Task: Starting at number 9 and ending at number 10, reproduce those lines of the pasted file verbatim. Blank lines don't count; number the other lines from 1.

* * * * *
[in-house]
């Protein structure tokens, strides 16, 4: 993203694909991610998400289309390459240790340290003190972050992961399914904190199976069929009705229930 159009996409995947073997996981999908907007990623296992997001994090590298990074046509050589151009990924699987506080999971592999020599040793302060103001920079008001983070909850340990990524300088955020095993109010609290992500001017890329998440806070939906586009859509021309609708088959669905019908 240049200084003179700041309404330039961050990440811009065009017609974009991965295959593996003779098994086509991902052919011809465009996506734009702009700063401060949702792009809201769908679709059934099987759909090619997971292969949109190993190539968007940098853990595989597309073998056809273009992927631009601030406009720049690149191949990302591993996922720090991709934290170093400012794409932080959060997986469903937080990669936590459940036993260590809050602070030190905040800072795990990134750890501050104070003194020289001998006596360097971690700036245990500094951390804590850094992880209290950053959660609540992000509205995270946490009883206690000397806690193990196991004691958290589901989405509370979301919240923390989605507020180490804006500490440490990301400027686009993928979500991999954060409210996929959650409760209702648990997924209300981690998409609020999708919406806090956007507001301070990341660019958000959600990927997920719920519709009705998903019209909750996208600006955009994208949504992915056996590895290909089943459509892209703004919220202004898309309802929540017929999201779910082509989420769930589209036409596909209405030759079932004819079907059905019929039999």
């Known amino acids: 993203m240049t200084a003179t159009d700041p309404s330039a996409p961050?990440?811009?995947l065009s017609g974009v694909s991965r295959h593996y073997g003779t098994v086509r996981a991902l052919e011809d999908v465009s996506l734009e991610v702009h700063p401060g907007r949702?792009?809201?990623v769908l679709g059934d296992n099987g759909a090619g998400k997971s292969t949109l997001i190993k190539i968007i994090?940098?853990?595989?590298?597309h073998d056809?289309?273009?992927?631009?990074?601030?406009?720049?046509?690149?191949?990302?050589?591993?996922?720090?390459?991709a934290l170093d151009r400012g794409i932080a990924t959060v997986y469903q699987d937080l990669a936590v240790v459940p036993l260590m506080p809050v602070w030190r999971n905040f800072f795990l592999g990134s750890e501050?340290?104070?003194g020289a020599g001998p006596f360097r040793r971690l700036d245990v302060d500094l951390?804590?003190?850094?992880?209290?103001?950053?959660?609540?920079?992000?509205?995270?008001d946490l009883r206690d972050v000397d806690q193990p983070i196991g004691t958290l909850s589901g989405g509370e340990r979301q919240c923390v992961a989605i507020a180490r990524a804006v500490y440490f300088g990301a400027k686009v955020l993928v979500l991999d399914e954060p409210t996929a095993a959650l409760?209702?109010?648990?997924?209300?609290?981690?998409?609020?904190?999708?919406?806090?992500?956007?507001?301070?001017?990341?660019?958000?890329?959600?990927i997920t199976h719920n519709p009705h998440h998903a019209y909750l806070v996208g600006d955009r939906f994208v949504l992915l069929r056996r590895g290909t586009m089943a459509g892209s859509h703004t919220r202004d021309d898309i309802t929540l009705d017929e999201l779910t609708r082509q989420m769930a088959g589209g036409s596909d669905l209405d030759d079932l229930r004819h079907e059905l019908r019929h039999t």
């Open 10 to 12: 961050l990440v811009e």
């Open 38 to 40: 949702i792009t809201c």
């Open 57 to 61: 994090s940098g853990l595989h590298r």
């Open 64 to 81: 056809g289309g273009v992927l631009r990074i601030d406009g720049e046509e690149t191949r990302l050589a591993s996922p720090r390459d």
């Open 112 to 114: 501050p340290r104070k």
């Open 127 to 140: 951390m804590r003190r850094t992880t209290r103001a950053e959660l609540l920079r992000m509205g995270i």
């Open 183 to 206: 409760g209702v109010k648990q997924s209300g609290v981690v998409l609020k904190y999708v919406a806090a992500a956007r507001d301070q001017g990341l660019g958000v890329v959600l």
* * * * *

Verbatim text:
């Open 127 to 140: 951390m804590r003190r850094t992880t209290r103001a950053e959660l609540l920079r992000m509205g995270i």
């Open 183 to 206: 409760g209702v109010k648990q997924s209300g609290v981690v998409l609020k904190y999708v919406a806090a992500a956007r507001d301070q001017g990341l660019g958000v890329v959600l």